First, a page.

We have a guest blog post from Kenan L. Farrell, Attorney-at-Law on the legal aspects of electronic signatures.
Formstack customers often ask about collecting electronic signatures via Formstack’s web forms. Here are some examples of the types of questions customers are asking:
- Does your product offer a way to do verifiable signatures? My client wants to post job applications online which will need this functionality.
- Our company is looking to add an online enrollment form with an electronic signature on our web site. Is this something you can help with?
- We have a contract that we want to get up online but are not sure of the most efficient way to do it. The majority of it is in a word document and we’d like to add payment integration and some contact info input and a digital signature.
- We have a waiver, disclaimer, and legal notice that we need to have a digital signature on before they submit payment via PayPal. Can I do this?
Formstack does a wonderful technical job of making these options available to their customers, and I’ll leave it to them to explain how they work their magic. But they’ve asked that I help explain the legality/enforceability of electronic signatures. Ultimately, being legal or enforceable means that a court would accept an electronic signature collected via your form as admissible trial evidence should there ever be a dispute that requires court intervention.
First, I’ll preface this post by saying that Adobe previously ran an excellent series of blog posts on the topic of electronic signatures. These posts are definitely worth a read if you’re interested in more information on electronic signatures:
I’ll address some of those points here as they pertain to web forms. First, what is an electronic signature, and how does it differ from a traditional pen-to-paper signature? Obviously, it’s electronic and not ink, but there’s more to it than that…or is there?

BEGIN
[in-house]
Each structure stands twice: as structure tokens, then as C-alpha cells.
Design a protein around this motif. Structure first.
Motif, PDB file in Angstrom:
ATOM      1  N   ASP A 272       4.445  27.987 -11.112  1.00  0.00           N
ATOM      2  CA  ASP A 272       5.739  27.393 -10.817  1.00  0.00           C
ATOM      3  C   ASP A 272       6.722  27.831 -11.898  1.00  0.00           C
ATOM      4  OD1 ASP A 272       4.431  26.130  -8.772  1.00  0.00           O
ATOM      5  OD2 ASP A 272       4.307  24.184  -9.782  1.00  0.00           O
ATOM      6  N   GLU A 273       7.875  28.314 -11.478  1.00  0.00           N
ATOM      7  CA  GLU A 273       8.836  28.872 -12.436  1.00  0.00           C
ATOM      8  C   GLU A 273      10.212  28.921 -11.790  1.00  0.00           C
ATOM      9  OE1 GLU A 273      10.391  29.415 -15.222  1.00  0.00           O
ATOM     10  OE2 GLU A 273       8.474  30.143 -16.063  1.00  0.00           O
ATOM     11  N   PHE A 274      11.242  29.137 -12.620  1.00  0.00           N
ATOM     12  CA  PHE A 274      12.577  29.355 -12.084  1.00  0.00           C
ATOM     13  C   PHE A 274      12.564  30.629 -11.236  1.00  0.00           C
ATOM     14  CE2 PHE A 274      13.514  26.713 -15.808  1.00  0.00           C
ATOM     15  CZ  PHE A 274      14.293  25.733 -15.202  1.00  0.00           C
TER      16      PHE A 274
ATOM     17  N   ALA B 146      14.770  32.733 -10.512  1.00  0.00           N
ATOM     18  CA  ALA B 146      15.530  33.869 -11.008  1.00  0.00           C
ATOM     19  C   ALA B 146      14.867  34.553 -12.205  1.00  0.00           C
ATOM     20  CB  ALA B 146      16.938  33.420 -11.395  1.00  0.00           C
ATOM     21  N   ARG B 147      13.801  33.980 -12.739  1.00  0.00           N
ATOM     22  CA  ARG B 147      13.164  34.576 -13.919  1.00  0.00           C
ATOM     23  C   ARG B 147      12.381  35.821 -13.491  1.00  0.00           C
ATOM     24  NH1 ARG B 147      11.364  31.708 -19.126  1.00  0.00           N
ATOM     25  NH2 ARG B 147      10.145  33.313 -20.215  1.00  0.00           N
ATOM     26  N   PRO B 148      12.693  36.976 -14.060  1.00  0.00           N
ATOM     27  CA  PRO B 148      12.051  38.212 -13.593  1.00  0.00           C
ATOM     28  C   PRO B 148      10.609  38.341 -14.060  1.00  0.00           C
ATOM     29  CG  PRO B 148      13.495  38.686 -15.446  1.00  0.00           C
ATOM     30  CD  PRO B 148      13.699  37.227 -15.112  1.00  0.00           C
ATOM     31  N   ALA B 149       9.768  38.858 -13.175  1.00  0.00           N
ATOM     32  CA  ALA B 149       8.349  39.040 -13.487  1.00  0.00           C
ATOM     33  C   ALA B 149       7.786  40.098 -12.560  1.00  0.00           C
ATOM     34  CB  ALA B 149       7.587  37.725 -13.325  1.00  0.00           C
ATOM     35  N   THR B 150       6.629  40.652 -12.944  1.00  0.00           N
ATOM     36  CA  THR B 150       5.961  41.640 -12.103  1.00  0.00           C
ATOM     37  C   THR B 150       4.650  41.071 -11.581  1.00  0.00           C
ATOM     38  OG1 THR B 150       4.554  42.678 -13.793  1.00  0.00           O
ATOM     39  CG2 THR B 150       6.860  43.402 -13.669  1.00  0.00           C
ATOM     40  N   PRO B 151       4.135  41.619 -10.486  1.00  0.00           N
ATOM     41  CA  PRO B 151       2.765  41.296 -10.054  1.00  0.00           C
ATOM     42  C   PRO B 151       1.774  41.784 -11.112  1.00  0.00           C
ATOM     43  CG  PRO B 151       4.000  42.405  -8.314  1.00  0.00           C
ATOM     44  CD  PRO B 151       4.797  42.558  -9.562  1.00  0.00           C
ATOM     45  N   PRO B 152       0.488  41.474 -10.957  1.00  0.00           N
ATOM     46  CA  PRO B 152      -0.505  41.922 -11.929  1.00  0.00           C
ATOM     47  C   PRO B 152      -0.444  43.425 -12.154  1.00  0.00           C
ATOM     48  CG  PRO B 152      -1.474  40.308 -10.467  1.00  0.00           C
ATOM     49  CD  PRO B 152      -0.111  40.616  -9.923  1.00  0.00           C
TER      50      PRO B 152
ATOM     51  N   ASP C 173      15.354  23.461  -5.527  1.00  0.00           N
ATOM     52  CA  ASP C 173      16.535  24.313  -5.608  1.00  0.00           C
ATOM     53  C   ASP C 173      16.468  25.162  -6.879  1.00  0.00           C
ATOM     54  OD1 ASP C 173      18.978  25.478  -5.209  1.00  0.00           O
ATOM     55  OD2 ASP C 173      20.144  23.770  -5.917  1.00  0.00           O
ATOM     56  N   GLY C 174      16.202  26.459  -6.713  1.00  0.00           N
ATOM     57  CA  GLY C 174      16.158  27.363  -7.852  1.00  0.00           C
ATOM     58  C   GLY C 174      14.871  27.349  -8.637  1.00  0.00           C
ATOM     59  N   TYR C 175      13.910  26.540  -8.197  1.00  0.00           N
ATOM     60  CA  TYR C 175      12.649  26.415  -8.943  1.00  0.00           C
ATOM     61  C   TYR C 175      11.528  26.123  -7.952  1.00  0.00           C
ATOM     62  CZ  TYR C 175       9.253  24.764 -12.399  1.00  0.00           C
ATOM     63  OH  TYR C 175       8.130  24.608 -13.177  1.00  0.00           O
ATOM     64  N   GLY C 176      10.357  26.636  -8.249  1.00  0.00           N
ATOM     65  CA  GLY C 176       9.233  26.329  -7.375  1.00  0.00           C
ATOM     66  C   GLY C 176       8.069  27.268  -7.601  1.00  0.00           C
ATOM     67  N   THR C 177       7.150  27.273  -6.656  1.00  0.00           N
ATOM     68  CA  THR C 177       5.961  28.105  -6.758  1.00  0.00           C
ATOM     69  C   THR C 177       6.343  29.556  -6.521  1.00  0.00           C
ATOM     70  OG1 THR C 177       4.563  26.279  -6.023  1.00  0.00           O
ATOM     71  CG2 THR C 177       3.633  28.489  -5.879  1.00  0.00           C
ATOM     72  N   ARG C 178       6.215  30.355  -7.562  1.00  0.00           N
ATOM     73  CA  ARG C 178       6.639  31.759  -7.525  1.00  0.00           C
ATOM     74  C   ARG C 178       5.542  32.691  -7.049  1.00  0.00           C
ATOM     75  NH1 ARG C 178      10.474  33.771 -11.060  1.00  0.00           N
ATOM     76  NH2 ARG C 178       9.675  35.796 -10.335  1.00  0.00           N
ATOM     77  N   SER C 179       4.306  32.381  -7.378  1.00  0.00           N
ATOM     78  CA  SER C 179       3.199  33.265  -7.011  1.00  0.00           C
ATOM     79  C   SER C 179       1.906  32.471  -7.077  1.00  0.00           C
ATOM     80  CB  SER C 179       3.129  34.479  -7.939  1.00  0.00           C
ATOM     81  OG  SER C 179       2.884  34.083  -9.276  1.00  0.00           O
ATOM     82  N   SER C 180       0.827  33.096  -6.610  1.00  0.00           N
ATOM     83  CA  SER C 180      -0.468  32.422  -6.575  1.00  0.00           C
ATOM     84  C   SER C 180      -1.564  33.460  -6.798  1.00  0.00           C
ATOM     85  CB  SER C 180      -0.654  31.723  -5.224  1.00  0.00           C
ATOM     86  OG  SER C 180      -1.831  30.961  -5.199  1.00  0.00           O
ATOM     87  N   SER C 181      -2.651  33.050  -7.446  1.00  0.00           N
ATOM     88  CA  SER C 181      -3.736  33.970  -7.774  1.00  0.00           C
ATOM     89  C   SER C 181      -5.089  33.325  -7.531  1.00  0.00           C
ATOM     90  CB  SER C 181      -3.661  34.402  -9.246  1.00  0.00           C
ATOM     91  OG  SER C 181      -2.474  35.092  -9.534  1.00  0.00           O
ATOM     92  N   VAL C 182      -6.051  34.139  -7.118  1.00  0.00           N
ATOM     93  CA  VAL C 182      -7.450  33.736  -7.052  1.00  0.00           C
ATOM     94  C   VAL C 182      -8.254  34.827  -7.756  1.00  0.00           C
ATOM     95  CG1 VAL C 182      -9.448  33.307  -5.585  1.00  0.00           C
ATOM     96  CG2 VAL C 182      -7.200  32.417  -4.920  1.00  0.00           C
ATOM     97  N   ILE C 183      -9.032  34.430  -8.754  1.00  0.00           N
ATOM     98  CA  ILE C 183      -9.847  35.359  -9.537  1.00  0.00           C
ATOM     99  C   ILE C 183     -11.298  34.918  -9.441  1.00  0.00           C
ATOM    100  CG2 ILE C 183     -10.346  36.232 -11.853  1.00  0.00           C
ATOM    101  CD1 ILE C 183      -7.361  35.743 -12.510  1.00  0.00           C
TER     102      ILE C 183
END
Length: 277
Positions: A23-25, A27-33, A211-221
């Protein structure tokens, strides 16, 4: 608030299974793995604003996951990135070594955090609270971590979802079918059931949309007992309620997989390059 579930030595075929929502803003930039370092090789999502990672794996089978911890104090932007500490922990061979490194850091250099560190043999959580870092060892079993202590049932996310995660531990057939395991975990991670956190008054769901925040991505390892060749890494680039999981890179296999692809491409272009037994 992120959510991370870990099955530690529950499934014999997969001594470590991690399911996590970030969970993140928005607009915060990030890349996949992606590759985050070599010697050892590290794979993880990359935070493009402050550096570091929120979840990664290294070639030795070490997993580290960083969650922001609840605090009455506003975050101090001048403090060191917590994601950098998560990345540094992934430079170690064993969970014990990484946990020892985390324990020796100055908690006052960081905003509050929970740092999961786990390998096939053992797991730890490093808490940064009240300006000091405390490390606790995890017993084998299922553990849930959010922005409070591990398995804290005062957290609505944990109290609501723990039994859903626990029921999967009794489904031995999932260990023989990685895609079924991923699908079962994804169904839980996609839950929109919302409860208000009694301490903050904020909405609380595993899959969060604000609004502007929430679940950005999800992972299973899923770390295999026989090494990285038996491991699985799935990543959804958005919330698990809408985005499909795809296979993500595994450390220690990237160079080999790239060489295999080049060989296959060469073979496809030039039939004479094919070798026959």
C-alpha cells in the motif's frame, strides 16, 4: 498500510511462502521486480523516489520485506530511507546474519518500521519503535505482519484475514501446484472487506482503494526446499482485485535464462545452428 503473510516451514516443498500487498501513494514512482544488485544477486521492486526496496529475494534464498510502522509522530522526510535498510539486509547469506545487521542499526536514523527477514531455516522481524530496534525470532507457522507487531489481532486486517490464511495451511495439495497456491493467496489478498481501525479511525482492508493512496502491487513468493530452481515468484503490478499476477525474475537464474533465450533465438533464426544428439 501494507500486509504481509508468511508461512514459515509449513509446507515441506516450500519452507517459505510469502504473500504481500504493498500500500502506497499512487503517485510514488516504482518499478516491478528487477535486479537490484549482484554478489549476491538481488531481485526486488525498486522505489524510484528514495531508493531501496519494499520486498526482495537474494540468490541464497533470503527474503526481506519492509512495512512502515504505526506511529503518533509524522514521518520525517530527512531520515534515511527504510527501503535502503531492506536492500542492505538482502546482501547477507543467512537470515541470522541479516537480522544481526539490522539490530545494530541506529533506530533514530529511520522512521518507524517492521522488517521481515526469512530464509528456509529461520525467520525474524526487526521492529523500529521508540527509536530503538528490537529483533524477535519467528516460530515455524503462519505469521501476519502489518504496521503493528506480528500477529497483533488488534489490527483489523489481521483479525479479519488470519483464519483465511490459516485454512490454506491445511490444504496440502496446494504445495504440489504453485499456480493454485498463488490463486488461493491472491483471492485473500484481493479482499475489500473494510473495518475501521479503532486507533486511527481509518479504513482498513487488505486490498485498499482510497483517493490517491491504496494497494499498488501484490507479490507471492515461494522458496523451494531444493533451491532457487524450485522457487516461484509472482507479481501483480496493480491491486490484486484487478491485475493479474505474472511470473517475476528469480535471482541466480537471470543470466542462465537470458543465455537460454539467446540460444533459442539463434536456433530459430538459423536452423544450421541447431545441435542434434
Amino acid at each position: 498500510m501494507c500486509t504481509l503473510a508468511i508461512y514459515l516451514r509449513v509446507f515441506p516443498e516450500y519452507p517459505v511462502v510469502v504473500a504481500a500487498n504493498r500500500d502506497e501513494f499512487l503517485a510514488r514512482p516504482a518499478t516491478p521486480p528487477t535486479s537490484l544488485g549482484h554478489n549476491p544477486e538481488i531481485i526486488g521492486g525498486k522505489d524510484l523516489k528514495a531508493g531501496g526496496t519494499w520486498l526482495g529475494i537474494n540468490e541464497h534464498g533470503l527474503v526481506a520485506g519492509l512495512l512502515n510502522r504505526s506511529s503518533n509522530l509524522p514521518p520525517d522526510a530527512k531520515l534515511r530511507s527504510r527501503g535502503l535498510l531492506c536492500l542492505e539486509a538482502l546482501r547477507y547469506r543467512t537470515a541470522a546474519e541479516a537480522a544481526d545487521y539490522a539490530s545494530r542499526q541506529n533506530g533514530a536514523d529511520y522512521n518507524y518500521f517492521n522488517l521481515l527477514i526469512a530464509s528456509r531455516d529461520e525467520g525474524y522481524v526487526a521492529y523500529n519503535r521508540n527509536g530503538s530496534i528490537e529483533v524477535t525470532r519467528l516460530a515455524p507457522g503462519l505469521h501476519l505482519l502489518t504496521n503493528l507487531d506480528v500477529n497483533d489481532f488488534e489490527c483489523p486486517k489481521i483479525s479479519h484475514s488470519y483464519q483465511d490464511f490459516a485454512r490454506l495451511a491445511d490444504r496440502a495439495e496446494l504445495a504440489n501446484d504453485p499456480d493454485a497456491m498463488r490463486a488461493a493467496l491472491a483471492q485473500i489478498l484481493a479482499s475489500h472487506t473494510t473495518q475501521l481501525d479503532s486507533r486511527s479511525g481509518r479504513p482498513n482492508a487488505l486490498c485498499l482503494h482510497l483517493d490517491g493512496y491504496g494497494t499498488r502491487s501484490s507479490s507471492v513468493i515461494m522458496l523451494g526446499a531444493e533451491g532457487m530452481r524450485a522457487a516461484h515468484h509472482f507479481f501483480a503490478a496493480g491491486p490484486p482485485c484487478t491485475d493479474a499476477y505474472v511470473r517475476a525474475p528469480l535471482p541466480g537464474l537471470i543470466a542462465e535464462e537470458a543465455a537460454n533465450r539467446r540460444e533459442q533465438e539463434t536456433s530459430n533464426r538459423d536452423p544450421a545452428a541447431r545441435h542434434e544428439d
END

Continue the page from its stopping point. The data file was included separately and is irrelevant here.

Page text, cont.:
In commerce and the law, a signature on a document is an indication that the person adopts the intentions recorded in the document. Accordingly, an electronic signature is any legally recognized electronic means that indicates that a person adopts the contents of an electronic message.
The historical legal concept of “signature” is broader. It recognizes any mark made with the intention of authenticating the marked document. Hence, an “X” can often suffice as a proper signature.
Courts will accept an “electronic signature” as a “signature” so long as it meets the definition set forth by precedent and law (in other words, the definition varies by jurisdiction). An electronic signature and a pen-to-paper signature are equivalent in most respects and can admissible in trial.
That being said, all signatures (whether electronic or old-school) intended to be entered into evidence in a trial need to be assessed for “admissibility.” Some of the threshold evidentiary questions are: Does it represent the intent of the signatory? Has the document/form been altered? Who had the right to sign this document/form? How was the signature derived, and what controlled access to the document for its signature? These questions come into play no matter the type of signature.
Higher assurance signature methods that better authenticate the signatory, such as encryption or username/password requirements, are more likely to be accepted than signature technologies which provide lesser assurance. While an electronic signature may be a legal signature, it can still be held inadmissible if the judge feels that the signature process did not provide the appropriate level of assurance.
Electronic Signatures and Records Association, an organization which seeks to expand knowledge on both electronic signature and records, plays an active role in public policy on these topics. Check them out for additional information on the legality of electronic signatures.
Kenan L. Farrell advises business owners, non-profits, entrepreneurs and artists on business and intellectual property (copyright, trademark, patent) issues. You can read more from him over at the Indiana Intellectual Property & Technology Law Blog. Follow on Twitter @klflegal